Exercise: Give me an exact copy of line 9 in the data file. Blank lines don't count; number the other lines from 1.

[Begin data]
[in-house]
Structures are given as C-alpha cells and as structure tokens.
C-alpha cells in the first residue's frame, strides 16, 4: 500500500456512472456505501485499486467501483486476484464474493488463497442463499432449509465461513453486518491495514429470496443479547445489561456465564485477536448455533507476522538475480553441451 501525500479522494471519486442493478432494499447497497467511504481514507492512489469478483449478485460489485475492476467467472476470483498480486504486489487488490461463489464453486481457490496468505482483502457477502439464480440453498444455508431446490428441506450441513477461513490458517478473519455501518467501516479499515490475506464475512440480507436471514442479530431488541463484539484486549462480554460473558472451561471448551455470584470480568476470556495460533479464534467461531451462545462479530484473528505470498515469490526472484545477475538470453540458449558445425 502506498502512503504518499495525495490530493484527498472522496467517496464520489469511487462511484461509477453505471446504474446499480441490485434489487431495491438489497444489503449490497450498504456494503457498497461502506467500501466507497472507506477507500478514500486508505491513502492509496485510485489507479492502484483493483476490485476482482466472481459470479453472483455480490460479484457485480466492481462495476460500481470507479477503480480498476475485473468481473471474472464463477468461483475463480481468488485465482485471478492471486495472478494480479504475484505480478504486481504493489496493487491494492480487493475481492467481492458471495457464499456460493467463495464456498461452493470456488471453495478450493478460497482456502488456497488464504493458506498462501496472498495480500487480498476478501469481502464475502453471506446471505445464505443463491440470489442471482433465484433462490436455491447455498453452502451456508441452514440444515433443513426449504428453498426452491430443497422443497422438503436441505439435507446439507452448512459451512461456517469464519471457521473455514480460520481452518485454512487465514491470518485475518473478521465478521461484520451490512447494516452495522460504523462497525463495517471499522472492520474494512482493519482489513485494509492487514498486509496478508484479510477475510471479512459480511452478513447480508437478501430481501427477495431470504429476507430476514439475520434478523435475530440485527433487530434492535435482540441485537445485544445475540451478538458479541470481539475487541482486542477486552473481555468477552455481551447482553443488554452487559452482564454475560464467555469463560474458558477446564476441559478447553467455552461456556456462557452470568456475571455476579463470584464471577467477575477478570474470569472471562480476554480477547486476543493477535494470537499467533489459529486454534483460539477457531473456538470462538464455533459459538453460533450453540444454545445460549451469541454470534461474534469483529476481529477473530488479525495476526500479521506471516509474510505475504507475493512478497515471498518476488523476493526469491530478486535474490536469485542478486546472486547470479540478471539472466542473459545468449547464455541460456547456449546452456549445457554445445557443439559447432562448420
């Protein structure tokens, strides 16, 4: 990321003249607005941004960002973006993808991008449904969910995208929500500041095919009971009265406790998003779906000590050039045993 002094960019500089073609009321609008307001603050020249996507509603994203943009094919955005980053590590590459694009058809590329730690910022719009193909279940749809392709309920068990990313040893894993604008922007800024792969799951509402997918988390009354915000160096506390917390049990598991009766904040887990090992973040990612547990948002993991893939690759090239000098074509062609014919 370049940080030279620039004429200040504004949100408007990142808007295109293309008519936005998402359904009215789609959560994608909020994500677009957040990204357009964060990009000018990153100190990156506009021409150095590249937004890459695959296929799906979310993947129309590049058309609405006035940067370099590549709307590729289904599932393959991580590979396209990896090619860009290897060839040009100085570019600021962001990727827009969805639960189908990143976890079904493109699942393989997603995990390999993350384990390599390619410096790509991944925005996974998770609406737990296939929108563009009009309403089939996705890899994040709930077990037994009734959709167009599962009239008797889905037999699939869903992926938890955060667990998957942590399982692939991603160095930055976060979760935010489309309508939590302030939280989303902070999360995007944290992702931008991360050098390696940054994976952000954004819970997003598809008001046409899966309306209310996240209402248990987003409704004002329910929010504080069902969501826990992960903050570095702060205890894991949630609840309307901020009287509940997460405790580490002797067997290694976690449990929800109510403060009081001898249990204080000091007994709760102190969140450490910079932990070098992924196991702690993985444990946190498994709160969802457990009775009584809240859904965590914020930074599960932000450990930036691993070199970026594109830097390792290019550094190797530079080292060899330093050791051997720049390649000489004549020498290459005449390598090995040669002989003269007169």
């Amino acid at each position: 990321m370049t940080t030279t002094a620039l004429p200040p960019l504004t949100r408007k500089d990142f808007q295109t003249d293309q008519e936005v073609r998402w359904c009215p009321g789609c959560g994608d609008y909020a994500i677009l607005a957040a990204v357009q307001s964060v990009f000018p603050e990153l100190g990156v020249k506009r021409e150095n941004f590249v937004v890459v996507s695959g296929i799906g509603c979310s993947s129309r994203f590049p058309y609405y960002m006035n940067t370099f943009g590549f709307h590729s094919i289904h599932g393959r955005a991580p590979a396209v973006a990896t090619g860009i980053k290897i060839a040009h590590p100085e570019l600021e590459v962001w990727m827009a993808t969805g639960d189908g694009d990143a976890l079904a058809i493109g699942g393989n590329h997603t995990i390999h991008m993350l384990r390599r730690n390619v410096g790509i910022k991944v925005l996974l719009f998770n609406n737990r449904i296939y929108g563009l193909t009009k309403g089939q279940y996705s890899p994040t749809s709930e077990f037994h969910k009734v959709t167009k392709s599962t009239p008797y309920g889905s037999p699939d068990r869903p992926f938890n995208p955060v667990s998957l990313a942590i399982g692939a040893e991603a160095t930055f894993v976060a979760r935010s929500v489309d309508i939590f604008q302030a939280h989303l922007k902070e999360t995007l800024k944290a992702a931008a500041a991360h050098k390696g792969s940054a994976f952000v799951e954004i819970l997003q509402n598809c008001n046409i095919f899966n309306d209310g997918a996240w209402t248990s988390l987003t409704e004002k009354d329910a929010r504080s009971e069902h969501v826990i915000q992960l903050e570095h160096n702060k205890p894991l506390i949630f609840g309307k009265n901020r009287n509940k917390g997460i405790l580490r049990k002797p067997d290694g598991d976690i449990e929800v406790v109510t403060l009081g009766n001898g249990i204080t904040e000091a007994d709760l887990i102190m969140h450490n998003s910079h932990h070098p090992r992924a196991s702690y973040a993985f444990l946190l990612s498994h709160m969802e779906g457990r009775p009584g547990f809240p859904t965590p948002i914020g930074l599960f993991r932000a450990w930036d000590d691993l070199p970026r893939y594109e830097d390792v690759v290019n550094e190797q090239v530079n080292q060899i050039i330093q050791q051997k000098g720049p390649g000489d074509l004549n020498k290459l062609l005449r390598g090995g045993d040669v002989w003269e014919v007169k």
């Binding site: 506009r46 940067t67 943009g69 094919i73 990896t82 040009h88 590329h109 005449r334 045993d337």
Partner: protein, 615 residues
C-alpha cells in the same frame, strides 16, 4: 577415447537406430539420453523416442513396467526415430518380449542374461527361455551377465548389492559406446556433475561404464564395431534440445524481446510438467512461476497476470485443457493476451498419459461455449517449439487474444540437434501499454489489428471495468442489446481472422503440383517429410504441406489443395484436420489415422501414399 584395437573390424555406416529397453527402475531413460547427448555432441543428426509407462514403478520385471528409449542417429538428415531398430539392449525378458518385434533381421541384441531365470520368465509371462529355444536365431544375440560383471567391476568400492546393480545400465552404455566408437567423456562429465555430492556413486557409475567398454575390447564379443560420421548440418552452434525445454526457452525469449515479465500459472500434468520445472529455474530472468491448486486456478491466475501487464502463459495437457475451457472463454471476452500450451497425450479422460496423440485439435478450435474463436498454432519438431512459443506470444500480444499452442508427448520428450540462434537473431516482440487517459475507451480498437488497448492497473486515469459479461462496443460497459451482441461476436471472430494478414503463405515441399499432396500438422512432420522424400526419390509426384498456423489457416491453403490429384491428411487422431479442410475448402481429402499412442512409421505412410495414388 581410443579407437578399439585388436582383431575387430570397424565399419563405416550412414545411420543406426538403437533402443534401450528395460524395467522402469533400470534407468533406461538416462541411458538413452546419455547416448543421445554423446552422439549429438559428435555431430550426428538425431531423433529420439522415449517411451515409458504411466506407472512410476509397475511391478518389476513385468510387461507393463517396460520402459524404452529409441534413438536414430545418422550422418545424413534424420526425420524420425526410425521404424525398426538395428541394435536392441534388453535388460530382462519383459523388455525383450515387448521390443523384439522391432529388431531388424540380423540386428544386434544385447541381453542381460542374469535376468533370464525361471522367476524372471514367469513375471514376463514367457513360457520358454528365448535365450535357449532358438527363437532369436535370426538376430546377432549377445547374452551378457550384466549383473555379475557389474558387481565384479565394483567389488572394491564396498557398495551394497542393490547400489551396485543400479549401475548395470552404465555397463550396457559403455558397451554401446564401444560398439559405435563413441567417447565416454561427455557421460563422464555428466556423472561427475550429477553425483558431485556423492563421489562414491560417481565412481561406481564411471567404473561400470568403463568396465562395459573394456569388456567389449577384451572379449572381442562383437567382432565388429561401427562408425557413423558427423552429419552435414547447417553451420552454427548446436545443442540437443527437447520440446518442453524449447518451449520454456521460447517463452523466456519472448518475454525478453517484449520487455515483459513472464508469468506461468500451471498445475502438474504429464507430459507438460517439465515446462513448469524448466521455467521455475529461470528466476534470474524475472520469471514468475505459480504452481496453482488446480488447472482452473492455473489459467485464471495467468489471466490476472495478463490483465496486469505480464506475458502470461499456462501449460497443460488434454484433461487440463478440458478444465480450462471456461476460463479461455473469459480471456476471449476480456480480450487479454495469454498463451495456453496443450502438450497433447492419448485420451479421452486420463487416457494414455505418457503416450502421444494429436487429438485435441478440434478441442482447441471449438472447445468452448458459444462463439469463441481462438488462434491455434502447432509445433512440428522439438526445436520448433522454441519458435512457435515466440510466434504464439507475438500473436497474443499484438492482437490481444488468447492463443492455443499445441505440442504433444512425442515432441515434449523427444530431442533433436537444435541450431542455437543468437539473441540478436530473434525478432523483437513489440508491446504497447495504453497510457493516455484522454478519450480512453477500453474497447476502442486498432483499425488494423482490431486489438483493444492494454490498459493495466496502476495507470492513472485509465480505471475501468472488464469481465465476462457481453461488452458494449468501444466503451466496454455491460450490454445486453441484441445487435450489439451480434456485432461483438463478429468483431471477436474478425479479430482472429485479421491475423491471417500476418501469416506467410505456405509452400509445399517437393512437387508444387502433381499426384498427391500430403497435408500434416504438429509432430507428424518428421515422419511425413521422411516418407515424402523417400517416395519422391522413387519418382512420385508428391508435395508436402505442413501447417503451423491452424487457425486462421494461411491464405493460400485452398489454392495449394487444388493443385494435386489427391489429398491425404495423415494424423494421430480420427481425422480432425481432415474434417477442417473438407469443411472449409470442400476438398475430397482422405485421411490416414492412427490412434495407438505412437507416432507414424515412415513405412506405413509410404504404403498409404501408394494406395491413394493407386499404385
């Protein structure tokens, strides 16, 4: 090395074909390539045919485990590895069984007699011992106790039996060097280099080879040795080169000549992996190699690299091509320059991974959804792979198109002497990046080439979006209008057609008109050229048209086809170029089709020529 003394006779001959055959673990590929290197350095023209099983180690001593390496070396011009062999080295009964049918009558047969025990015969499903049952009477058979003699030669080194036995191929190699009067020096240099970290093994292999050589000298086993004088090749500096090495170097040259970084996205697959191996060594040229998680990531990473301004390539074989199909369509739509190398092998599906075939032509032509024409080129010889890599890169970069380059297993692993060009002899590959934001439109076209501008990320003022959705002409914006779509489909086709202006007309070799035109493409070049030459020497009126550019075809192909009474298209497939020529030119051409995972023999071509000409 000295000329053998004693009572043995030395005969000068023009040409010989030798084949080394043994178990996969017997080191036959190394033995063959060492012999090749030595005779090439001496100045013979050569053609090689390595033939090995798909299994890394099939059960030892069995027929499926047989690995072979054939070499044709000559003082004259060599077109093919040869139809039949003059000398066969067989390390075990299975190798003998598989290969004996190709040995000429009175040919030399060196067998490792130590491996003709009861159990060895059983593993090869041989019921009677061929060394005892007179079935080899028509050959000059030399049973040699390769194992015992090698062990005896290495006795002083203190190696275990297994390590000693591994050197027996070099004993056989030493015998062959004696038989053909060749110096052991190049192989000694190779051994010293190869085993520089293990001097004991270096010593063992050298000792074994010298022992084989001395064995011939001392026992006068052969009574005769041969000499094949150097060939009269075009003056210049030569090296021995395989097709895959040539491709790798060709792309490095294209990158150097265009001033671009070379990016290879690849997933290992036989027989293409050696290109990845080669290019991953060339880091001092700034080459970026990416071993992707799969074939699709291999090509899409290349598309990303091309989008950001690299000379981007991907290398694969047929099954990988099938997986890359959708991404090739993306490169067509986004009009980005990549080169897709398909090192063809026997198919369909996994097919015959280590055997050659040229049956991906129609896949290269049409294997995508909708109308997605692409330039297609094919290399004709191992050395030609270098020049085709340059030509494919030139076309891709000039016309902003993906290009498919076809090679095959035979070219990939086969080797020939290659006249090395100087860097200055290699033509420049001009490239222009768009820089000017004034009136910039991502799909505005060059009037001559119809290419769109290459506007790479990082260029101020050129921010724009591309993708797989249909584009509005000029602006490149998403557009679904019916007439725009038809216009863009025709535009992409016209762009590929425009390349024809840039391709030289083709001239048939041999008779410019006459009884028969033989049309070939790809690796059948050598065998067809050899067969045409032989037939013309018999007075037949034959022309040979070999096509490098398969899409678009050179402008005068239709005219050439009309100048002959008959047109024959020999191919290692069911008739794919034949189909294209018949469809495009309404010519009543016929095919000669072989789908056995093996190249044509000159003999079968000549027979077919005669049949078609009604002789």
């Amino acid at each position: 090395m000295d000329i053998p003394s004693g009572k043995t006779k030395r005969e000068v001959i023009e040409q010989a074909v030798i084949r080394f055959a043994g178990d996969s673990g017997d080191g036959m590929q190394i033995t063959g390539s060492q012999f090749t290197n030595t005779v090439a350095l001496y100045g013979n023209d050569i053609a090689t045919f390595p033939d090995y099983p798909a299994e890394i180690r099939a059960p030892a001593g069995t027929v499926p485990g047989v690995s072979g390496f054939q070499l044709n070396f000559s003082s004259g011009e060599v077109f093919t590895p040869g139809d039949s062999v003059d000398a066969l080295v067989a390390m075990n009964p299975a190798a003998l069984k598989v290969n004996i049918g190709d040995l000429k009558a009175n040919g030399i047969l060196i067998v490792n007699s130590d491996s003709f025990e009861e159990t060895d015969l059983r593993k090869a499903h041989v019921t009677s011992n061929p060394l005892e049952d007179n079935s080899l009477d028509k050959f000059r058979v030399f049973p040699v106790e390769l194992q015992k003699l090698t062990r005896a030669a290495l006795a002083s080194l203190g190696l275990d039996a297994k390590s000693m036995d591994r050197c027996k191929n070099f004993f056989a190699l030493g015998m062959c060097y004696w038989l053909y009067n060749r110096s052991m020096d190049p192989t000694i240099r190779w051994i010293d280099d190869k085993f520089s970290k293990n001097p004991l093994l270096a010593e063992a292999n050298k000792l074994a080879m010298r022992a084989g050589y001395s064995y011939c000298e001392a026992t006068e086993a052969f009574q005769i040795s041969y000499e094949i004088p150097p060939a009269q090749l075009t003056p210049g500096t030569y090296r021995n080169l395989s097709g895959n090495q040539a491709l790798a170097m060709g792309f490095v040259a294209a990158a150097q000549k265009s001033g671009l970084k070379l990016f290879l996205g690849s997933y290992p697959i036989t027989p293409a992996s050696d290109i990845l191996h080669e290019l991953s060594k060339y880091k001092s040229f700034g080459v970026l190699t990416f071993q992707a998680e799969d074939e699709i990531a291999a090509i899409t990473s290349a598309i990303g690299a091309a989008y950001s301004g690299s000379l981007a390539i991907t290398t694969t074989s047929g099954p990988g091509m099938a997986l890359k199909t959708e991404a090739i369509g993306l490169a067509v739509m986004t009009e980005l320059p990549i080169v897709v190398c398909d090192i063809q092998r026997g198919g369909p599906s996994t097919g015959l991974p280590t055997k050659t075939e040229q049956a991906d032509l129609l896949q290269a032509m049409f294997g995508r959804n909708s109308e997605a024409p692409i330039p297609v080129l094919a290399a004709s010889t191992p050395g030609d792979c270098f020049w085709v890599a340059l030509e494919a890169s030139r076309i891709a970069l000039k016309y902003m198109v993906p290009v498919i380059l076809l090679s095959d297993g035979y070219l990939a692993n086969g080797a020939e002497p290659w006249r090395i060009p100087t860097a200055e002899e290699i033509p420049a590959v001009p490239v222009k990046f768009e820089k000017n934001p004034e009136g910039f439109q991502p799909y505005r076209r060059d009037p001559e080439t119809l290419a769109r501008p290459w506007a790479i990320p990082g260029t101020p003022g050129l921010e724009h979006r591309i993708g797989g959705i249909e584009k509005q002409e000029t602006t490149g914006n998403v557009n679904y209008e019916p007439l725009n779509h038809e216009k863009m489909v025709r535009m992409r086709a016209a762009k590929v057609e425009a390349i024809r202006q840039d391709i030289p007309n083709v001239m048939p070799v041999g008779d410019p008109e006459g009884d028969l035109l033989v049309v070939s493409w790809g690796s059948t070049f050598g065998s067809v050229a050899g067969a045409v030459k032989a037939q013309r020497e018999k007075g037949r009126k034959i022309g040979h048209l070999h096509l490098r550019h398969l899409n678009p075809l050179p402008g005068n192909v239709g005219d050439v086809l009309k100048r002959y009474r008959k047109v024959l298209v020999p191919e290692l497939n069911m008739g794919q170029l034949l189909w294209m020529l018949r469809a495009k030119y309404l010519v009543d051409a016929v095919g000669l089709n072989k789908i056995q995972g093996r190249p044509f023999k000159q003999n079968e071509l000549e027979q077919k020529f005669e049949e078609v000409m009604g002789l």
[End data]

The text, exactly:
């Protein structure tokens, strides 16, 4: 090395074909390539045919485990590895069984007699011992106790039996060097280099080879040795080169000549992996190699690299091509320059991974959804792979198109002497990046080439979006209008057609008109050229048209086809170029089709020529 003394006779001959055959673990590929290197350095023209099983180690001593390496070396011009062999080295009964049918009558047969025990015969499903049952009477058979003699030669080194036995191929190699009067020096240099970290093994292999050589000298086993004088090749500096090495170097040259970084996205697959191996060594040229998680990531990473301004390539074989199909369509739509190398092998599906075939032509032509024409080129010889890599890169970069380059297993692993060009002899590959934001439109076209501008990320003022959705002409914006779509489909086709202006007309070799035109493409070049030459020497009126550019075809192909009474298209497939020529030119051409995972023999071509000409 000295000329053998004693009572043995030395005969000068023009040409010989030798084949080394043994178990996969017997080191036959190394033995063959060492012999090749030595005779090439001496100045013979050569053609090689390595033939090995798909299994890394099939059960030892069995027929499926047989690995072979054939070499044709000559003082004259060599077109093919040869139809039949003059000398066969067989390390075990299975190798003998598989290969004996190709040995000429009175040919030399060196067998490792130590491996003709009861159990060895059983593993090869041989019921009677061929060394005892007179079935080899028509050959000059030399049973040699390769194992015992090698062990005896290495006795002083203190190696275990297994390590000693591994050197027996070099004993056989030493015998062959004696038989053909060749110096052991190049192989000694190779051994010293190869085993520089293990001097004991270096010593063992050298000792074994010298022992084989001395064995011939001392026992006068052969009574005769041969000499094949150097060939009269075009003056210049030569090296021995395989097709895959040539491709790798060709792309490095294209990158150097265009001033671009070379990016290879690849997933290992036989027989293409050696290109990845080669290019991953060339880091001092700034080459970026990416071993992707799969074939699709291999090509899409290349598309990303091309989008950001690299000379981007991907290398694969047929099954990988099938997986890359959708991404090739993306490169067509986004009009980005990549080169897709398909090192063809026997198919369909996994097919015959280590055997050659040229049956991906129609896949290269049409294997995508909708109308997605692409330039297609094919290399004709191992050395030609270098020049085709340059030509494919030139076309891709000039016309902003993906290009498919076809090679095959035979070219990939086969080797020939290659006249090395100087860097200055290699033509420049001009490239222009768009820089000017004034009136910039991502799909505005060059009037001559119809290419769109290459506007790479990082260029101020050129921010724009591309993708797989249909584009509005000029602006490149998403557009679904019916007439725009038809216009863009025709535009992409016209762009590929425009390349024809840039391709030289083709001239048939041999008779410019006459009884028969033989049309070939790809690796059948050598065998067809050899067969045409032989037939013309018999007075037949034959022309040979070999096509490098398969899409678009050179402008005068239709005219050439009309100048002959008959047109024959020999191919290692069911008739794919034949189909294209018949469809495009309404010519009543016929095919000669072989789908056995093996190249044509000159003999079968000549027979077919005669049949078609009604002789």